You learn that baseball seasons are eternal for the first time as a child, when a five-game winning streak gives way to multiple losses and everything you thought you learned about your favorite team over the course of said winning streak is promptly smashed to pieces by a hillbilly with a banjo.This idea was only reinforced to me upon hearing Paul Konerko's guilt-ridden comments on his turn on the AL's Final Vote ballot for the 2011 All-Star Game.
At age 35, Konerko is 1,933 games into his career as a professional -- that's 861 games more than Michael Jordan ever played on the hardwood. At this point, he'd probably prefer a few days of rest with his family instead of doing the All-Star thing -- where the always annoying media swarms harder than ever, where the game doesn't count even if the slogan says it does, where you may only get to see a pitch or two, if that. But Konerko has proven himself to be nothing but gracious during his White Sox tenure, from handing over the final out ball to Jerry Reinsdorf after the 2005 World Series or the small but important hometown discount he gave the Sox weeks after.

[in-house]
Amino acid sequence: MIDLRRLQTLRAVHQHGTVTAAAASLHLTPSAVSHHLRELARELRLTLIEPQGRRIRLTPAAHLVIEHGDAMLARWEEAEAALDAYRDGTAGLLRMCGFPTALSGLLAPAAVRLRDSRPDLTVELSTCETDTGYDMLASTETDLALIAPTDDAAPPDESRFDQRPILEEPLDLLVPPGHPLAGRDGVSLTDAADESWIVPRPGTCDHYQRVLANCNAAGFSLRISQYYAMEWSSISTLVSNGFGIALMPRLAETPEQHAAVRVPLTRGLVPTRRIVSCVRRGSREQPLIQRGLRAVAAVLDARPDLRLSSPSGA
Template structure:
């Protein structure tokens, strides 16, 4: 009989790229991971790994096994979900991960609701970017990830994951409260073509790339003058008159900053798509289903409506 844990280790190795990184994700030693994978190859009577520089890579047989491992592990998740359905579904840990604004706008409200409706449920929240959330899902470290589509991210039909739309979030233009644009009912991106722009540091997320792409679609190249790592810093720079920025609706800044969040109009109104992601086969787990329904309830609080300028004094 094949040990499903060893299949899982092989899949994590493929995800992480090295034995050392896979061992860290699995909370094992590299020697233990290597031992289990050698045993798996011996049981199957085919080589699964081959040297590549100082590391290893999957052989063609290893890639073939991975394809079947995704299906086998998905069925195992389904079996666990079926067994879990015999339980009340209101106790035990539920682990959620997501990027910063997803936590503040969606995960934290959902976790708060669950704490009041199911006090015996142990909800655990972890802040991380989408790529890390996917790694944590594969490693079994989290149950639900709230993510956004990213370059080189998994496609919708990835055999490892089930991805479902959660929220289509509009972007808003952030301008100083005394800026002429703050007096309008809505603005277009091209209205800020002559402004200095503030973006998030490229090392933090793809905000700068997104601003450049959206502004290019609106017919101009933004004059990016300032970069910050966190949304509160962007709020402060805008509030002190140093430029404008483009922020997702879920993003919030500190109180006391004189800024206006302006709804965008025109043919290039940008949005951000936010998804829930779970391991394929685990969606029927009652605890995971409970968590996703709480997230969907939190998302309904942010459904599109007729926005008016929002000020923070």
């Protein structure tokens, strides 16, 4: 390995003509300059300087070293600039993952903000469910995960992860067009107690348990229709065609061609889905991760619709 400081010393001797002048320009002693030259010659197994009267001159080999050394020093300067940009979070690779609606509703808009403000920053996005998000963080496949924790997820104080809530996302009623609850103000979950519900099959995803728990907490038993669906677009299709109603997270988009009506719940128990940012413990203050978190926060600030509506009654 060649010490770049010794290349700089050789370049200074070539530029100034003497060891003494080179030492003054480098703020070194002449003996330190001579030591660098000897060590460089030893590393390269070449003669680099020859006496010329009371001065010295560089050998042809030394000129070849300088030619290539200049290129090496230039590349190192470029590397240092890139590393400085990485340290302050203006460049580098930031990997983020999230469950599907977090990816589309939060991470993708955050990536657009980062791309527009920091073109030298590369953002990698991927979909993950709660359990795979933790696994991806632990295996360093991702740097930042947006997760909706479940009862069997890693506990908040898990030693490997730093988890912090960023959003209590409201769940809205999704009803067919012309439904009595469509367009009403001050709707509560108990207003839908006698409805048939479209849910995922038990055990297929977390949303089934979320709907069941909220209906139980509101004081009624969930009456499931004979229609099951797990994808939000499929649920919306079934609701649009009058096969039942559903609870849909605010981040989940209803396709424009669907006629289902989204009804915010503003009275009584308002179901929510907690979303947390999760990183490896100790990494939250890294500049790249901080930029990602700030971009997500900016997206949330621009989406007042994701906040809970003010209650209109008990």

He's at it again. Comments, after the jump....
Via ESPN Chicago:
"The front office and the public relations people have done a great job," Konerko said. "I feel bad that every year our team seems to have to go through this big production. And they do a heck of a job. In fact people come in here on off days when they shouldn’t be working. And I definitely appreciate that."
On a day when the NBA and NFL are locked out, those words are nice to hear. It's a shame Konerko wasn't originally chosen for the All-Star Game considering his numbers are damn near MVP worthy, but his take on the situation may provide the most revealing look into the psyche of an aging star who might be better than ever in Year 14.